By: Dasie Gervacio and Arisbeth Aquino
The topic of rape has always been difficult to discuss when concerning societal issues. Rape has been lingering behind the scenes of every society or community because of the fear and discomfort that it brings out of everyone.
Although rape is not being talked about, there are several people being raped everyday. Most are women but men run the risk of rape as well.
According to the RAINN Organization, one out of ten rape victims are males from the ages of 18 to 24. College students are five times more likely to get raped than a regular 18 to 24 year old.
Could it be that our silence on rape has allowed it to continue happening? Our silence on this issue is only part of what we as a community have been doing wrong. By not addressing the different types of rape, there is a generalized definition of rape. This causes misinterpretations of rape; therefore, the need of rape awareness and education is essential to combating rape.
Most schools provided Sex education also known as Sex ed, in which they teach the topics such as safe sex, abstinence, STDs and so on. Most sex ed teachers emphasize safe sex, but spend less time on the lesson of consent. Students must know that when either partner says “NO” it means no and their decision should be respected.
However, the lesson of consent comes into conflict with the way sex is portrayed in films. In most films, there is no question for consent when a two people are about to have sexual relations.Therefore, since the audience does not see either partner asking for consent it can result in the misunderstanding of rape with regular sex.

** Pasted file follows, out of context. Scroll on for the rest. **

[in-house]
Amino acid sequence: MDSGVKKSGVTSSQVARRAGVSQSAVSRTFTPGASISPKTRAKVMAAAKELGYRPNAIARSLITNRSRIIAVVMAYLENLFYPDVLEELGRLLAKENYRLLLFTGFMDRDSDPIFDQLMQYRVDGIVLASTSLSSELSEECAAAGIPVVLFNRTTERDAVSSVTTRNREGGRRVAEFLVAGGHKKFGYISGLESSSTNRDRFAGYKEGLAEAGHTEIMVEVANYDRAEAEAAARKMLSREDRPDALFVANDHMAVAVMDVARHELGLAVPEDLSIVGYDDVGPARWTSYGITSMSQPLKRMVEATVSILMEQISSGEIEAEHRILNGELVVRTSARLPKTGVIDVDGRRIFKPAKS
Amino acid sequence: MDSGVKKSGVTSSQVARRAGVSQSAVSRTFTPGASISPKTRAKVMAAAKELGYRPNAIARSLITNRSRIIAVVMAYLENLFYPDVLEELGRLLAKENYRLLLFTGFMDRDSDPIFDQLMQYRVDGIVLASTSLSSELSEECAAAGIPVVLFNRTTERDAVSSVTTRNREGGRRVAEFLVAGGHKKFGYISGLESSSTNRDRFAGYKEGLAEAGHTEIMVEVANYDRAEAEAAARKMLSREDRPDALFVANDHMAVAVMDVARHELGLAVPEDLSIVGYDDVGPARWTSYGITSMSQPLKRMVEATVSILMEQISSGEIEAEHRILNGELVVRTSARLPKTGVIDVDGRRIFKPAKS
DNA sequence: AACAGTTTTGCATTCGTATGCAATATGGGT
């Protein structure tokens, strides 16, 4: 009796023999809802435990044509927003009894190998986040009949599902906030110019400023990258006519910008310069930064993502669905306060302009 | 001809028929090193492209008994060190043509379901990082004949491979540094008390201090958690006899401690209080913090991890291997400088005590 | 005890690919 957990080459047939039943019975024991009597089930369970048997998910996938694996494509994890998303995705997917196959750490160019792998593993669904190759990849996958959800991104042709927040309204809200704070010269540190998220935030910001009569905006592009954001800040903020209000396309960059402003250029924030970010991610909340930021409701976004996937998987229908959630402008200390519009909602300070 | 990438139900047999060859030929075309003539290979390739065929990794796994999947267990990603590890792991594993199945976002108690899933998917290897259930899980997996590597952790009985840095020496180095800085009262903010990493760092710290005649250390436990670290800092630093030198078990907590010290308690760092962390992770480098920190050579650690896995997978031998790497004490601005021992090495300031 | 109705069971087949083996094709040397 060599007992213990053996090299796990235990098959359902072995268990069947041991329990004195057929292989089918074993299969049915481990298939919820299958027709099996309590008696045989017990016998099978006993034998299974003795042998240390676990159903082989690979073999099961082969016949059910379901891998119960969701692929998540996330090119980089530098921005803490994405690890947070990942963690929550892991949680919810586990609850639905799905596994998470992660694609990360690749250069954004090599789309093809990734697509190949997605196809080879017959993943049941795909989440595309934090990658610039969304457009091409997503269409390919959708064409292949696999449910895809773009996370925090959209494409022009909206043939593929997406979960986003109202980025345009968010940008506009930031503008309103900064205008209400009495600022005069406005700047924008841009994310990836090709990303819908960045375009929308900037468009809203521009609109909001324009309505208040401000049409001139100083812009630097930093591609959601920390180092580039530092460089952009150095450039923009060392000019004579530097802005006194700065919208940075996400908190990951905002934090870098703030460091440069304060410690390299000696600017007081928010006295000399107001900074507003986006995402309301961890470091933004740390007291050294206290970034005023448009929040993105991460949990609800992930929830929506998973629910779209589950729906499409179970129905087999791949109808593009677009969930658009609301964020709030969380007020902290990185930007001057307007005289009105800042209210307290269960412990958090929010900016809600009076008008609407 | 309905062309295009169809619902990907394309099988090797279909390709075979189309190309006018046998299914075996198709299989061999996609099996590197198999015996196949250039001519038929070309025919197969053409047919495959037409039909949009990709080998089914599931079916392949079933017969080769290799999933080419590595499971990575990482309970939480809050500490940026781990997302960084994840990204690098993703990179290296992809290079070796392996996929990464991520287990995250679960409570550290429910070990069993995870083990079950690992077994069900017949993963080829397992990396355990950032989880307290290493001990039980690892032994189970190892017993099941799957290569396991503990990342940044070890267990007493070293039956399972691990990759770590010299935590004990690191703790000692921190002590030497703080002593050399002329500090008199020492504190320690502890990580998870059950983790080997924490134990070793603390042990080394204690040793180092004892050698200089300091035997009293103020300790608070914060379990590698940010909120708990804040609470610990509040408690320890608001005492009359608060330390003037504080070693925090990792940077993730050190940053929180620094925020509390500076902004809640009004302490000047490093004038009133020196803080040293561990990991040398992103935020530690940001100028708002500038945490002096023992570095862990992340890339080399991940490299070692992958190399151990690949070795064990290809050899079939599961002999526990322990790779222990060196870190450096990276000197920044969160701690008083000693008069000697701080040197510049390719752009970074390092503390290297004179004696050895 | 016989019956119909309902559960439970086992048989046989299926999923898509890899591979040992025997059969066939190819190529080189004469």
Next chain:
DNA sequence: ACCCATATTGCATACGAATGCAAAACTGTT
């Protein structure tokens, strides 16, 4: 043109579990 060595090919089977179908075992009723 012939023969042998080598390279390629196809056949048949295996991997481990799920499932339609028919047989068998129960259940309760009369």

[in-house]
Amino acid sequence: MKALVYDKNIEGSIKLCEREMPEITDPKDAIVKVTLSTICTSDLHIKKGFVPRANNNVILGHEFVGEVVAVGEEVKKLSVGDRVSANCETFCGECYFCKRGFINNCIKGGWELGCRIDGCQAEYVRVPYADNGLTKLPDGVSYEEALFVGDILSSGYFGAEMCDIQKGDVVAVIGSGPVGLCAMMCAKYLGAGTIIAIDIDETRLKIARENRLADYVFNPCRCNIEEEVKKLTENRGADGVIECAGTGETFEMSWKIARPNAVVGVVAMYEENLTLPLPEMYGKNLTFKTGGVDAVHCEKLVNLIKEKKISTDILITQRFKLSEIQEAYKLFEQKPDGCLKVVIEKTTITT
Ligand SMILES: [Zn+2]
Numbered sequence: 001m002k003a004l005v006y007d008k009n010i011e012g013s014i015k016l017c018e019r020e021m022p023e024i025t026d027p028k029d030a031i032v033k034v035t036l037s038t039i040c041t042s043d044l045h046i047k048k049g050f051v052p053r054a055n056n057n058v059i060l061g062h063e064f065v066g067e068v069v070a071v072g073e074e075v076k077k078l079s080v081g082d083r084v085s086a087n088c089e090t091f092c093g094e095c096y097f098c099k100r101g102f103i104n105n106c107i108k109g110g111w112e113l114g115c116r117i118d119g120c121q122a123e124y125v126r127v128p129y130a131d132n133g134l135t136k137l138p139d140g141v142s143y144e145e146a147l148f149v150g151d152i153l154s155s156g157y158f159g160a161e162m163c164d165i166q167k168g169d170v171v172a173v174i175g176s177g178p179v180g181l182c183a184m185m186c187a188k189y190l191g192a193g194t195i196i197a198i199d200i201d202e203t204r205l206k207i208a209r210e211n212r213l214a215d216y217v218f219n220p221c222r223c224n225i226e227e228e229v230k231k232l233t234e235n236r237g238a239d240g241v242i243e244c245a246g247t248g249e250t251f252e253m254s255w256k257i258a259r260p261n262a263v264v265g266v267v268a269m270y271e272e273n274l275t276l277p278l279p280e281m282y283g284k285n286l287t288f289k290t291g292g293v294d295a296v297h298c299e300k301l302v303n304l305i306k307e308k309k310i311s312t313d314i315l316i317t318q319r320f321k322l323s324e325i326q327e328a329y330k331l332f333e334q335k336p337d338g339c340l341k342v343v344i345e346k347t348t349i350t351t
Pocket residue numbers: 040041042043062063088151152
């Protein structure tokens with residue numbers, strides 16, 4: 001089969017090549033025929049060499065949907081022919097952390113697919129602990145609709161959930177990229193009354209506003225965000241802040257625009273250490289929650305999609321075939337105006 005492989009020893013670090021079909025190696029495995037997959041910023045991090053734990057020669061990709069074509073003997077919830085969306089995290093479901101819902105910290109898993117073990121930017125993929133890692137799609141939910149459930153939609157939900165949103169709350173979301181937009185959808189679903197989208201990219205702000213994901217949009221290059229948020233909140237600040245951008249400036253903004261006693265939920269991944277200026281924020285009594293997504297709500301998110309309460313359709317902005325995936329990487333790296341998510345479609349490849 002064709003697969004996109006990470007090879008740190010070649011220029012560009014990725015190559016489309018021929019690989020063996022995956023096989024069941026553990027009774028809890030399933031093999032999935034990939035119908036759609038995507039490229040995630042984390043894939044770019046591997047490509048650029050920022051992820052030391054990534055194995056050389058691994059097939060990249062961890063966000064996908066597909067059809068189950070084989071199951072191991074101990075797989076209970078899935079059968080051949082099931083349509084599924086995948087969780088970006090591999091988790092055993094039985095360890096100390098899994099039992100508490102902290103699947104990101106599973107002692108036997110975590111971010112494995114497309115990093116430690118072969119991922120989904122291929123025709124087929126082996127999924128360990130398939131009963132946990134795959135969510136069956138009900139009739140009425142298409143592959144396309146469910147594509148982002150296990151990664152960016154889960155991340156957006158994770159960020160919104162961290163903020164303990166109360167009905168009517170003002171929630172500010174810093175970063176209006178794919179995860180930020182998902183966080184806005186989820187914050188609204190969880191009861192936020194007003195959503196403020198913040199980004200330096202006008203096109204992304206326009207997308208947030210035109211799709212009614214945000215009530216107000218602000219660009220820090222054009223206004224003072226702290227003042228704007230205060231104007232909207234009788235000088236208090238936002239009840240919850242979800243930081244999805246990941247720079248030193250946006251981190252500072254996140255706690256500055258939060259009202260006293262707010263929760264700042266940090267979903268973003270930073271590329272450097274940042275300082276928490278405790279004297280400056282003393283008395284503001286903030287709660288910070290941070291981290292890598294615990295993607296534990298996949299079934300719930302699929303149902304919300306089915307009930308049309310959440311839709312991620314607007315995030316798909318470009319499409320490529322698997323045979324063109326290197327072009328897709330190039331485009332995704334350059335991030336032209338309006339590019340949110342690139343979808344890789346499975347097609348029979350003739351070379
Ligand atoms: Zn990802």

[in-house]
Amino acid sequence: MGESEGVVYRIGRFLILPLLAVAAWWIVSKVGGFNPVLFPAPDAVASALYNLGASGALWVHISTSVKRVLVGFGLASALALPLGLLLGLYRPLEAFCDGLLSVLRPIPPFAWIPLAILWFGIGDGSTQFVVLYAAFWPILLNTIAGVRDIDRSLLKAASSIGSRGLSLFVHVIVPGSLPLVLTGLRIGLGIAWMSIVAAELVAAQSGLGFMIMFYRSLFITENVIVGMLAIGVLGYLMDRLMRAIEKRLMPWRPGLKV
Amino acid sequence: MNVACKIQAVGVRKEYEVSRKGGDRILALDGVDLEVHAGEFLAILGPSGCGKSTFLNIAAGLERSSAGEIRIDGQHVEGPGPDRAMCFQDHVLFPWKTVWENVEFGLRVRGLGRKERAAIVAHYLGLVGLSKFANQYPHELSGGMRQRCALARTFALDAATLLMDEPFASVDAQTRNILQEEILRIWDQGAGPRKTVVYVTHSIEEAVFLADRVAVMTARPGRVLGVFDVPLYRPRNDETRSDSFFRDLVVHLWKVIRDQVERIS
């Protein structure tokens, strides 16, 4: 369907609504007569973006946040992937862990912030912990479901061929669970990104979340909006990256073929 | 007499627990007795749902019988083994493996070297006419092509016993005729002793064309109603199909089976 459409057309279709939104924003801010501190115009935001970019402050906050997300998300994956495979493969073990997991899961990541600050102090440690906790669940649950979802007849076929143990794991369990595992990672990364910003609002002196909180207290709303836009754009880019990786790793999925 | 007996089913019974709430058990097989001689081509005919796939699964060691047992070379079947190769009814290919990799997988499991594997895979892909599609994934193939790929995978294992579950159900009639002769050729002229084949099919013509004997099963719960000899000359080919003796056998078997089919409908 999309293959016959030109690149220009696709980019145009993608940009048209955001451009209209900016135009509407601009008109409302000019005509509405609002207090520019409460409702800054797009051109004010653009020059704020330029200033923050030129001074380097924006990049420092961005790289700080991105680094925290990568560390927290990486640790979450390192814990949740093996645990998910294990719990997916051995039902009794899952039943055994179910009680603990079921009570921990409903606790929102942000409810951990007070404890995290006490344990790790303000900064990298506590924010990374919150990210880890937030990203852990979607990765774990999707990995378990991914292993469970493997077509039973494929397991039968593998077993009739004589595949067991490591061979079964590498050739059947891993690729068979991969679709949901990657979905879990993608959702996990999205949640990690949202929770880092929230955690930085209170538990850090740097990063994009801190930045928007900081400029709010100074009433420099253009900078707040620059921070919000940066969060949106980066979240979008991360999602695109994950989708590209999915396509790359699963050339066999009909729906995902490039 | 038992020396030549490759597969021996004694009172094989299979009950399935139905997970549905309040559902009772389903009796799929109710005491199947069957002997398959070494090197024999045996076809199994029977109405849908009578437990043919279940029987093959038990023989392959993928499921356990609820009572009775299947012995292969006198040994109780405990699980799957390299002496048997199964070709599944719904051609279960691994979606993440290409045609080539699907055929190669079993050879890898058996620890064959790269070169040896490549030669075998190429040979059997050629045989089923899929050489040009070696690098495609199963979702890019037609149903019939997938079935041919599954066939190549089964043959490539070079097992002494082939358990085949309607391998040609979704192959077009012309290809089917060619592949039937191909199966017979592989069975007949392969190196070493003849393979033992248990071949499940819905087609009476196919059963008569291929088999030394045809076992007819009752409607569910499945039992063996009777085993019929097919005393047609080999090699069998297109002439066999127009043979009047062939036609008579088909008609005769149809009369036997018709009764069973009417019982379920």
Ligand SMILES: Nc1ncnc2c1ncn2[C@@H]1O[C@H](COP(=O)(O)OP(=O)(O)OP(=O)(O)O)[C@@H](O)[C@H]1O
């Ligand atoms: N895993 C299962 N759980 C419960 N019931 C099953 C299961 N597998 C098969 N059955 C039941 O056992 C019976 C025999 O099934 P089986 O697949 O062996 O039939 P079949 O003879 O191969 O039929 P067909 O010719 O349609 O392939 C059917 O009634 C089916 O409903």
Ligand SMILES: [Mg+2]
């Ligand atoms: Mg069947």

Planned Parenthood Peer Advocate, Carlos Rodriguez states, “Not asking for consent is seen as the norm in our society”.
In addition, most times rape scenes in movies are very stereotypical. For example, a woman is walking in a dangerous area or is being surrounded by a group of men and she is violently beaten and raped. However, there are other ways people can be raped. For instance, there could be rape among partners when there is no consent or sex is forced upon.
Spanish teacher Ms. Yokota acknowledges that understanding rape “depends on the kid”
Rape awareness among the youth and the general public is a very low. Most people know it exist and that it happens but that’s about as much as they know. There are some kids or teenagers that mature a little faster and can fully comprehend the issues at hand when being taught about sexual consent and rape. However there is always that handful of teens that can’t really process what rape is and don’t exactly know how to approach it without feeling uncomfortable.
To establish a better understanding about rape among the young people, Sex Ed classes should stress the importance of such understanding because the more aware these young people are, the healthier choices they will make when they get older and form relationships.
Rape should not be taken lightly, used as a joke, or brushed aside. It should be addressed on a global scale and we should all help to find a solution that can lower rape percentages for every gender.